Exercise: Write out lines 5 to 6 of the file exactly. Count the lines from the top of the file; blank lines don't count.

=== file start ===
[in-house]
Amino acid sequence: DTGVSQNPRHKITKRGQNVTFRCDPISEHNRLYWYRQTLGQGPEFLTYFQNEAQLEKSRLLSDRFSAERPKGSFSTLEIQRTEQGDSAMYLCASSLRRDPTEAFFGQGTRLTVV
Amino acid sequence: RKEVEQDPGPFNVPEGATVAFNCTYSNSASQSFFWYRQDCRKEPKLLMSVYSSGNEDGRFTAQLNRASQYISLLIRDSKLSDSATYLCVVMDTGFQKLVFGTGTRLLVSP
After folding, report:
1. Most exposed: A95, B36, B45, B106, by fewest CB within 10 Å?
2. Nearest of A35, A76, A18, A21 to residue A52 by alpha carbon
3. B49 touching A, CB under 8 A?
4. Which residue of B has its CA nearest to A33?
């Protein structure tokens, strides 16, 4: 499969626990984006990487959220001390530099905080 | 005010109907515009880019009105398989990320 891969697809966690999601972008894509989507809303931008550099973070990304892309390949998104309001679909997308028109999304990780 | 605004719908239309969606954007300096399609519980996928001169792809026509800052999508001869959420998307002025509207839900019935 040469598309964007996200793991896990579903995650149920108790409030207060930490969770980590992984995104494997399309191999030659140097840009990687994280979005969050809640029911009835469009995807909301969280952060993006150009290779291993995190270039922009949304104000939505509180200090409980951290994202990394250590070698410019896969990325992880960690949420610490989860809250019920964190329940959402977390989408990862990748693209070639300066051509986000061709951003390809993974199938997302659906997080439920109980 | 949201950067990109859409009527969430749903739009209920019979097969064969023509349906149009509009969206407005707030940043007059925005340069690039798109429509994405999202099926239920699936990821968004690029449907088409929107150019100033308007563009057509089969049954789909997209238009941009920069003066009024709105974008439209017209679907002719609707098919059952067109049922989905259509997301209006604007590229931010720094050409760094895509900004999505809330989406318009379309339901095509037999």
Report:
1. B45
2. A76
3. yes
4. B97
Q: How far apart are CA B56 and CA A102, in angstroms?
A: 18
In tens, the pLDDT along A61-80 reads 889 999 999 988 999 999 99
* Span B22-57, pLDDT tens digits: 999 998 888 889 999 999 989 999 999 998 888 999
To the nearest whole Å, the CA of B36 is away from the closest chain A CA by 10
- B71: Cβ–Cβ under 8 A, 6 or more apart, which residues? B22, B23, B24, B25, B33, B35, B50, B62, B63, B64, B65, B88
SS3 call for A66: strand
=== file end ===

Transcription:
1. Most exposed: A95, B36, B45, B106, by fewest CB within 10 Å?
2. Nearest of A35, A76, A18, A21 to residue A52 by alpha carbon